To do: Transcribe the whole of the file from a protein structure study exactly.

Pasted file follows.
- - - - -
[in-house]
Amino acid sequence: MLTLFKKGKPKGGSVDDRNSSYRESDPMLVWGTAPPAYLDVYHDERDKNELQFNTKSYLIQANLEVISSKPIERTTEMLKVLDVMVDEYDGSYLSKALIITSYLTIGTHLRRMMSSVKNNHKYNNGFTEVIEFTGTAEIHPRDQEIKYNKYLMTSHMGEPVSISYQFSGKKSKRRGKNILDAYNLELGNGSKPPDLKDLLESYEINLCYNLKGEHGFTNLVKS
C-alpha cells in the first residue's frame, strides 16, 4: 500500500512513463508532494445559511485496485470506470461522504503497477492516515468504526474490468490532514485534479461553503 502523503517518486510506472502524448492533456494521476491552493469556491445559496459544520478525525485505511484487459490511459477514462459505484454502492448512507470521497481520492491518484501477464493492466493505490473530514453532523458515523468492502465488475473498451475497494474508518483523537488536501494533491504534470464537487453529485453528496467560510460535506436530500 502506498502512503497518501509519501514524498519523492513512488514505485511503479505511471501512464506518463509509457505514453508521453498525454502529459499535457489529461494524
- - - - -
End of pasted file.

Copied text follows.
[in-house]
Amino acid sequence: MLTLFKKGKPKGGSVDDRNSSYRESDPMLVWGTAPPAYLDVYHDERDKNELQFNTKSYLIQANLEVISSKPIERTTEMLKVLDVMVDEYDGSYLSKALIITSYLTIGTHLRRMMSSVKNNHKYNNGFTEVIEFTGTAEIHPRDQEIKYNKYLMTSHMGEPVSISYQFSGKKSKRRGKNILDAYNLELGNGSKPPDLKDLLESYEINLCYNLKGEHGFTNLVKS
C-alpha cells in the first residue's frame, strides 16, 4: 500500500512513463508532494445559511485496485470506470461522504503497477492516515468504526474490468490532514485534479461553503 502523503517518486510506472502524448492533456494521476491552493469556491445559496459544520478525525485505511484487459490511459477514462459505484454502492448512507470521497481520492491518484501477464493492466493505490473530514453532523458515523468492502465488475473498451475497494474508518483523537488536501494533491504534470464537487453529485453528496467560510460535506436530500 502506498502512503497518501509519501514524498519523492513512488514505485511503479505511471501512464506518463509509457505514453508521453498525454502529459499535457489529461494524